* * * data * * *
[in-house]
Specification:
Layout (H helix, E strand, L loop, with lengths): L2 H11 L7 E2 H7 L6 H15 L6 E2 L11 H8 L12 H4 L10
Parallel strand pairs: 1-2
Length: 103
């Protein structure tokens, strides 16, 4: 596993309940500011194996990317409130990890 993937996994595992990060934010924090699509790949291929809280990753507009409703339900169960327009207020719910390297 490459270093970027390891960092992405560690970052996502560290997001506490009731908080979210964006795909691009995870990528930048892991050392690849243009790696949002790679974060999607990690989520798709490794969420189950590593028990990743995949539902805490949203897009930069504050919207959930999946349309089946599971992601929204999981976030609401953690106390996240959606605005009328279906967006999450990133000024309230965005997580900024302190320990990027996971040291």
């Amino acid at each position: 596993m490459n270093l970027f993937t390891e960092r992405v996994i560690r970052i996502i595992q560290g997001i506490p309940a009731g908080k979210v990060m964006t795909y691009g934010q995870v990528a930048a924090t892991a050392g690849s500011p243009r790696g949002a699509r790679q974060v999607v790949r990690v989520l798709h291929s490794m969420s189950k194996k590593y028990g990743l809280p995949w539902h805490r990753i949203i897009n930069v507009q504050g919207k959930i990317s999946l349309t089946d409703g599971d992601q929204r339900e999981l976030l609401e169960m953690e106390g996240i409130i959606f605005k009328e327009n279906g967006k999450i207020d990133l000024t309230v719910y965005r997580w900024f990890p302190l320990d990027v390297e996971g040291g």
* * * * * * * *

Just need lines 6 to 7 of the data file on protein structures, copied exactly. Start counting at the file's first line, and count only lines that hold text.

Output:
């Protein structure tokens, strides 16, 4: 596993309940500011194996990317409130990890 993937996994595992990060934010924090699509790949291929809280990753507009409703339900169960327009207020719910390297 490459270093970027390891960092992405560690970052996502560290997001506490009731908080979210964006795909691009995870990528930048892991050392690849243009790696949002790679974060999607990690989520798709490794969420189950590593028990990743995949539902805490949203897009930069504050919207959930999946349309089946599971992601929204999981976030609401953690106390996240959606605005009328279906967006999450990133000024309230965005997580900024302190320990990027996971040291």
């Amino acid at each position: 596993m490459n270093l970027f993937t390891e960092r992405v996994i560690r970052i996502i595992q560290g997001i506490p309940a009731g908080k979210v990060m964006t795909y691009g934010q995870v990528a930048a924090t892991a050392g690849s500011p243009r790696g949002a699509r790679q974060v999607v790949r990690v989520l798709h291929s490794m969420s189950k194996k590593y028990g990743l809280p995949w539902h805490r990753i949203i897009n930069v507009q504050g919207k959930i990317s999946l349309t089946d409703g599971d992601q929204r339900e999981l976030l609401e169960m953690e106390g996240i409130i959606f605005k009328e327009n279906g967006k999450i207020d990133l000024t309230v719910y965005r997580w900024f990890p302190l320990d990027v390297e996971g040291g």